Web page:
Funding decisions for cardiovascular R01 grant applications at NHLBI largely hinge on percentile rankings. It is not known whether this approach enables the highest impact science.
To conduct an observational analysis of percentile rankings and bibliometric outcomes for a contemporary set of funded NHLBI cardiovascular R01 grants.
Methods and results
We identified 1492 investigator-initiated de novo R01 grant applications that were funded between 2001 and 2008, and followed their progress for linked publications and citations to those publications. Our co-primary endpoints were citations received per million dollars of funding, citations obtained within 2-years of publication, and 2-year citations for each grant’s maximally cited paper. In 7654 grant-years of funding that generated $3004 million of total NIH awards, the portfolio yielded 16,793 publications that appeared between 2001 and 2012 (median per grant 8, 25th and 75th percentiles 4 and 14, range 0 – 123), which received 2,224,255 citations (median per grant 1048, 25th and 75th percentiles 492 and 1,932, range 0 – 16,295). We found no association between percentile ranking and citation metrics; the absence of association persisted even after accounting for calendar time, grant duration, number of grants acknowledged per paper, number of authors per paper, early investigator status, human versus non-human focus, and institutional funding. An exploratory machine-learning analysis suggested that grants with the very best percentile rankings did yield more maximally cited papers.
In a large cohort of NHLBI-funded cardiovascular R01 grants, we were unable to find a monotonic association between better percentile ranking and higher scientific impact as assessed by citation metrics.
Research funding; bibliometrics; scientific impact; NHLBI
Risk scores for cardiovascular disease (CVD) are in common use to integrate multiple cardiovascular risk factors in order to identify individuals at greatest risk for disease. The purpose of this study was to determine if individuals at greater cardiovascular risk have T1 mapping indices by cardiovascular magnetic resonance (CMR) indicative of greater myocardial fibrosis.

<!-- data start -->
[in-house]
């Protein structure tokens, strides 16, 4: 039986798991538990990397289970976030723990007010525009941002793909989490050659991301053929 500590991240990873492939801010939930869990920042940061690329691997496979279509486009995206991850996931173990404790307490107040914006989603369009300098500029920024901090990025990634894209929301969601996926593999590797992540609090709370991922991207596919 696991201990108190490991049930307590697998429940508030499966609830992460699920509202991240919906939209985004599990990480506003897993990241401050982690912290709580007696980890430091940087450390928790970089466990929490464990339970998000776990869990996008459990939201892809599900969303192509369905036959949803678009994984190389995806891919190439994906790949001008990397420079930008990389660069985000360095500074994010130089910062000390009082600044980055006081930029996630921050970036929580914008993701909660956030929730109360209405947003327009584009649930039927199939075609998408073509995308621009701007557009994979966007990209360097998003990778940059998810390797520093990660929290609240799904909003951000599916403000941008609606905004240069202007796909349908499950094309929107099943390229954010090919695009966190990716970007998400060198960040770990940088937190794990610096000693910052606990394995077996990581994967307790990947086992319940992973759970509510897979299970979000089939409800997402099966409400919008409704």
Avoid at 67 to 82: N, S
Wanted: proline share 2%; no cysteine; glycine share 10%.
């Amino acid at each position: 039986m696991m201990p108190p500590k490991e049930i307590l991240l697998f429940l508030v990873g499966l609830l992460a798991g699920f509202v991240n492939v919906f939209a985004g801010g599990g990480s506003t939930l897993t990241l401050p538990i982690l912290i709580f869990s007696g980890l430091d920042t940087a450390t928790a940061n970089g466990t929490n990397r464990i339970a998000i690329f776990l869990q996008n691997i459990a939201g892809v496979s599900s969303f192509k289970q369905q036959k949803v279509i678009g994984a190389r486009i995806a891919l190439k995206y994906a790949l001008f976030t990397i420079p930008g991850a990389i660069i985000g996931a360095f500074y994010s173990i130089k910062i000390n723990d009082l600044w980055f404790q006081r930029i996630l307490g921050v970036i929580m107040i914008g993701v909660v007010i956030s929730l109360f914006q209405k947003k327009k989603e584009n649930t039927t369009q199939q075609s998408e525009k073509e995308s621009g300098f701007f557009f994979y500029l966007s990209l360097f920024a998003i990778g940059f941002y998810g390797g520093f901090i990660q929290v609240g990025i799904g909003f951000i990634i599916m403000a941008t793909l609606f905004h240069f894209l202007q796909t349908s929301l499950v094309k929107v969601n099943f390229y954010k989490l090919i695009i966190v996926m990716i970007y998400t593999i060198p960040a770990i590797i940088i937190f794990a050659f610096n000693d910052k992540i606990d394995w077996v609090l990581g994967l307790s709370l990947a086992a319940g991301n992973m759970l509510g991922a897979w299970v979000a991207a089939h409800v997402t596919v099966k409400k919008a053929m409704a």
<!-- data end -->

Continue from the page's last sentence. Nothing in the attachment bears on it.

CVD risk scores for 1208 subjects (men, 50.8%) ages 55–94 years old were evaluated in the Multiethnic Study of Atherosclerosis (MESA) at six centers. T1 times were determined at 1.5Tesla before and after gadolinium administration (0.15 mmol/kg) using a modified Look-Locker pulse sequence. The relationship between CMR measures (native T1, 12 and 25 minute post-gadolinium T1, partition coefficient and extracellular volume fraction) and 14 established different cardiovascular risk scores were determined using regression analysis. Bootstrapping analysis with analysis of variance was used to compare different CMR measures. CVD risk scores were significantly different for men and women (p < 0.001).
25 minute post gadolinium T1 time showed more statistically significant associations with risk scores (10/14 scores, 71%) compared to other CMR indices (e.g. native T1 (7/14 scores, 50%) and partition coefficient (7/14, 50%) in men. Risk scores, particularly the new 2013 AHA/ASCVD risk score, did not correlate with any CMR fibrosis index.